However, most CSPs are moving at their own pace. Some are forging ahead with 5G while others take a wait-and-see approach – yet, the race is still on. And today, the risks of being left behind are greater than ever, because complex customer and business relationships are at stake.

That’s why a mobile transport layer designed and built with 5G in mind becomes both the vehicle to accelerate customer experience and the business tool for unlocking new opportunities.

Chapter 1: Protect revenues today, diversify for the future

Fast-changing landscape

Keeping pace with change and protecting revenues is complicated by the many different local and global challenges CSPs face. At the same time, the pace of change in many industries threatens to reduce CSPs to merely connectivity ‘pipe providers’ who all offer a broadly similar service. While this may be enough for some CSPs, they still need to overcome the gap between traffic growth and network-related costs.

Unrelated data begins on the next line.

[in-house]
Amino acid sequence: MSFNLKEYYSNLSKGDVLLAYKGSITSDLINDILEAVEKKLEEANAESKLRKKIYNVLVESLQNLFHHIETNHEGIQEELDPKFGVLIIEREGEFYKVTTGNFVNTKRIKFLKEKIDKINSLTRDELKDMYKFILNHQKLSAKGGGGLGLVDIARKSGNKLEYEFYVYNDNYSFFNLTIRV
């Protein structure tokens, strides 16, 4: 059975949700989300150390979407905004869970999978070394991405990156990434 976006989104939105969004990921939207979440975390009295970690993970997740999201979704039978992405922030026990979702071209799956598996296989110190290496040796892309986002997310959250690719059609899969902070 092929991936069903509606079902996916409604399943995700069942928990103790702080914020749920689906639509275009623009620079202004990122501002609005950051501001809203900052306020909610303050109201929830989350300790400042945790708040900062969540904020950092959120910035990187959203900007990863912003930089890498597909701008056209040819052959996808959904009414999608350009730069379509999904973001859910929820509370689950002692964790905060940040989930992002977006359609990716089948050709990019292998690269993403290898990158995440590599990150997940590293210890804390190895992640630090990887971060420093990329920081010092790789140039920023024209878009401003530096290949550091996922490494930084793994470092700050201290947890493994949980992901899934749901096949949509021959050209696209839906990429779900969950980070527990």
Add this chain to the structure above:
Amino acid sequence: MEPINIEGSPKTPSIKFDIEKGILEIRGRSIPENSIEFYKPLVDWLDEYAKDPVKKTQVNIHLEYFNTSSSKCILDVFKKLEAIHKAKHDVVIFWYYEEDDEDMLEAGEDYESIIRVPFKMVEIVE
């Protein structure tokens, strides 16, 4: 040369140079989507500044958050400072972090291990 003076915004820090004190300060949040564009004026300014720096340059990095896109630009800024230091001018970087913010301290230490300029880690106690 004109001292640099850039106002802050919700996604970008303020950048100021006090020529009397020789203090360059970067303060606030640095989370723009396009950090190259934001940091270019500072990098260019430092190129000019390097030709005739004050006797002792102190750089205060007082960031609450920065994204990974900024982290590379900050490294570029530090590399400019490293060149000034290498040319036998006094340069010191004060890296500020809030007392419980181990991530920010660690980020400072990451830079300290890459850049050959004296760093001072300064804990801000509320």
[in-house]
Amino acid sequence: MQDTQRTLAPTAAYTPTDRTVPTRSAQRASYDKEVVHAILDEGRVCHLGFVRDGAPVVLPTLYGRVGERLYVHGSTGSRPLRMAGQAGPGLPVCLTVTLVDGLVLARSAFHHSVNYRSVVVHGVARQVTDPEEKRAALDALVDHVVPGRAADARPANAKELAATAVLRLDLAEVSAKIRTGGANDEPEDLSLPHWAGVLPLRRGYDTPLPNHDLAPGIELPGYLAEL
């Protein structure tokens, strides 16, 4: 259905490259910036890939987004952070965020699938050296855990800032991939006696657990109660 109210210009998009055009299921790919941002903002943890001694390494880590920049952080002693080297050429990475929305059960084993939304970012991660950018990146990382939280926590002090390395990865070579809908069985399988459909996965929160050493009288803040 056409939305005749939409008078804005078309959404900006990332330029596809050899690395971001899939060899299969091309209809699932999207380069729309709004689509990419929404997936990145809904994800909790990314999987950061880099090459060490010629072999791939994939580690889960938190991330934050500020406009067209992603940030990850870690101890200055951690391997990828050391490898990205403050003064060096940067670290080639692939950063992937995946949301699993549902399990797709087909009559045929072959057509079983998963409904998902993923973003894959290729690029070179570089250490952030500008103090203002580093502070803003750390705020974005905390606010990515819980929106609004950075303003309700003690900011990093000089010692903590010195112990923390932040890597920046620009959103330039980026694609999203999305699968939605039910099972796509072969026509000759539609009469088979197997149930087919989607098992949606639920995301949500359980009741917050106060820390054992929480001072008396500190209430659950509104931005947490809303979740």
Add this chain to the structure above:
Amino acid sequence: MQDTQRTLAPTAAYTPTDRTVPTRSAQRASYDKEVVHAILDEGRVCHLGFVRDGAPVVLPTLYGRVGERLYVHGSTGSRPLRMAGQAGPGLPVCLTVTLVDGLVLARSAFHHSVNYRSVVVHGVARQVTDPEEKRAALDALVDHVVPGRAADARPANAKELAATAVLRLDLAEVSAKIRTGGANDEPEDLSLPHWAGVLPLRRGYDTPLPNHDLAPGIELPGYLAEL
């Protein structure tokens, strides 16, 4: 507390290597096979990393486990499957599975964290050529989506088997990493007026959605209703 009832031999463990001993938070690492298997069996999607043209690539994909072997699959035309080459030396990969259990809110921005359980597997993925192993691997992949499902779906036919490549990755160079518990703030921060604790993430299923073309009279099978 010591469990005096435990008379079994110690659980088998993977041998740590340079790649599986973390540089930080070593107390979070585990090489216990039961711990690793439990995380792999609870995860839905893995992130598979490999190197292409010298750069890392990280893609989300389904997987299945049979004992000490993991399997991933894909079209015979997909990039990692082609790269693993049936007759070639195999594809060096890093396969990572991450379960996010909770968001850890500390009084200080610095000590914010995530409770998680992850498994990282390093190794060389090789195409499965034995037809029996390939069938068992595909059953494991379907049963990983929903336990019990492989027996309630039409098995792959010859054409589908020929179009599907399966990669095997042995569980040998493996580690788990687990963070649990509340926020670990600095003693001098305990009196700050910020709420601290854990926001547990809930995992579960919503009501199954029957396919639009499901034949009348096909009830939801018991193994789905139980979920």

In many regions, mobile subscriber bases have not grown significantly, or market-share distribution has stayed flat for some time. This adds to the pressure to increase average revenue per use (ARPU) or to innovate to attract new customers and enter new segments.

Survive, then thrive

Another complicating factor is the new technologies that constantly appear on the horizon. To remain competitive in the face of these changes and challenges is a strategic imperative for CSPs. This is made even harder by declining revenues and a heavy investment agenda which, for some, may have no clear ROI.